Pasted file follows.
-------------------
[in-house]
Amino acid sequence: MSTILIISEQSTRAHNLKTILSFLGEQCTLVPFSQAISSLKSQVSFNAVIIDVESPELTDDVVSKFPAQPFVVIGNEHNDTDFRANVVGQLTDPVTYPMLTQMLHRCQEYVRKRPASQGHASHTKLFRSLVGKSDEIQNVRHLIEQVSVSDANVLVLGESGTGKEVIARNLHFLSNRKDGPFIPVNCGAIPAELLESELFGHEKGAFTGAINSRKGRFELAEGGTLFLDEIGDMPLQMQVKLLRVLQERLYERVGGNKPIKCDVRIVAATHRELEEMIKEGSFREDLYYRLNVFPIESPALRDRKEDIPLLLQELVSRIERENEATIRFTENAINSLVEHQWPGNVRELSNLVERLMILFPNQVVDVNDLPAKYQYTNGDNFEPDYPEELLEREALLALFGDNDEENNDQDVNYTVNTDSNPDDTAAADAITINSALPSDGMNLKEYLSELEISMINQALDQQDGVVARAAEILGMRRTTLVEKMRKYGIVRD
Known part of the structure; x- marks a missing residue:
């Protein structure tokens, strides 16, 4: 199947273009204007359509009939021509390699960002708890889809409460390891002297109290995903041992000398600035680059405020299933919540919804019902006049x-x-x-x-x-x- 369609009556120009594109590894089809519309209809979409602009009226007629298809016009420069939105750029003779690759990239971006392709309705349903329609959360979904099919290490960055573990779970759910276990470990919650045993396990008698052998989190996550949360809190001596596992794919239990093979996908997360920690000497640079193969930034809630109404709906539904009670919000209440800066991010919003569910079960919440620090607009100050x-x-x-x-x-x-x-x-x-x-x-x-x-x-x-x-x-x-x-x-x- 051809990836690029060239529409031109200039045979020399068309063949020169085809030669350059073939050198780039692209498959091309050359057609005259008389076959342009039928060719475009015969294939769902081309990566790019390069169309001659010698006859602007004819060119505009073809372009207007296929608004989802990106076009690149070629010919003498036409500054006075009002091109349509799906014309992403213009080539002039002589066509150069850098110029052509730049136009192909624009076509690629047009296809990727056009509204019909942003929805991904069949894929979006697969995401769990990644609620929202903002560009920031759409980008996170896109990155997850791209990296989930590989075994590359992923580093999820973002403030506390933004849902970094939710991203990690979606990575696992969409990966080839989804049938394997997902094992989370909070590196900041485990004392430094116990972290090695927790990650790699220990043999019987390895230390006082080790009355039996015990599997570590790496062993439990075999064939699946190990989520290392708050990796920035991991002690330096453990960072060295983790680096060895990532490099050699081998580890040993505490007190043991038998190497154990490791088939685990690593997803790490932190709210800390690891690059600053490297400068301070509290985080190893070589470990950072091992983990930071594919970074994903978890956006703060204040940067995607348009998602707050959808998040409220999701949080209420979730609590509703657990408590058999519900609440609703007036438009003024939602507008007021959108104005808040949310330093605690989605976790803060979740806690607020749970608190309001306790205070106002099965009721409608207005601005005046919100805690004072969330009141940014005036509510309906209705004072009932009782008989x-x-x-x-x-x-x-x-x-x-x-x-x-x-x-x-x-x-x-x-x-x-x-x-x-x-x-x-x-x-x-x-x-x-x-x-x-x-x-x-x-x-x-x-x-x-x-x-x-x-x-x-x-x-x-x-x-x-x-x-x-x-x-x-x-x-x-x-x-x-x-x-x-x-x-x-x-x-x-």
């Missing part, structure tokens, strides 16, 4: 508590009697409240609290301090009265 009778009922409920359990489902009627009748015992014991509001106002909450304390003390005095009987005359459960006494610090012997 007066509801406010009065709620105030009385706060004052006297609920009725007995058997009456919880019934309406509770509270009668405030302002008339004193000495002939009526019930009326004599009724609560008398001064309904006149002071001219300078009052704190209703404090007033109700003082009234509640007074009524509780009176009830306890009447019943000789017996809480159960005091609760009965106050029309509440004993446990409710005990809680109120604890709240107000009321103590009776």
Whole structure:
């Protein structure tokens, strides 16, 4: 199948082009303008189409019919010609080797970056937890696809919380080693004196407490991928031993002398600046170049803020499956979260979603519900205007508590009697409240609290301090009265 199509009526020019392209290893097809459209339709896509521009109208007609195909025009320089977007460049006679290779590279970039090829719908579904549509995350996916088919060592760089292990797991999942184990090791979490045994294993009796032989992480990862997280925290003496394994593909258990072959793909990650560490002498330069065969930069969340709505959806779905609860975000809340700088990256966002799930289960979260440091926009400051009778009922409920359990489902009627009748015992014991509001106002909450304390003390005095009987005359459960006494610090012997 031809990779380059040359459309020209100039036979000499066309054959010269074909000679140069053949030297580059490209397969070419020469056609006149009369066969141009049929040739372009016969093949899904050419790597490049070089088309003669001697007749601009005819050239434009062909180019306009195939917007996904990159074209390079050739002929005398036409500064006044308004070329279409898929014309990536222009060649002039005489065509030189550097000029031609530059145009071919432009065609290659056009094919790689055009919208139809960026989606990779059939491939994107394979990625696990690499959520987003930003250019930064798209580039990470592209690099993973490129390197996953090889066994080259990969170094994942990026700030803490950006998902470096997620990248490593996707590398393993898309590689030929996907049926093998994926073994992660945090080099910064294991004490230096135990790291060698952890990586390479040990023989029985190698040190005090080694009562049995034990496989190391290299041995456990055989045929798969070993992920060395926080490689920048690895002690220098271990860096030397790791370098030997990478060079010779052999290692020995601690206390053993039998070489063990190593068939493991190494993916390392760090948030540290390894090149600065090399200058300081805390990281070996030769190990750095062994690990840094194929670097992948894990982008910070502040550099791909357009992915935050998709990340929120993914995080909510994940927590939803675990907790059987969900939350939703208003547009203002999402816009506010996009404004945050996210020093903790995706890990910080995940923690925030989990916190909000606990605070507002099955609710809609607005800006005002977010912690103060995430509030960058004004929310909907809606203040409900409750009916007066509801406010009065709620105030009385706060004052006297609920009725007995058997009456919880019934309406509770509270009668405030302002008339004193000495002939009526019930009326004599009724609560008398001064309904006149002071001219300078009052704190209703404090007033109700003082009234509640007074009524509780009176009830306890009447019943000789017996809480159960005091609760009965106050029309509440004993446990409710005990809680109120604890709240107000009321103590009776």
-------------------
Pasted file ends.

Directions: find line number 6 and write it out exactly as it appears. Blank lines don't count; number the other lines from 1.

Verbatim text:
Whole structure: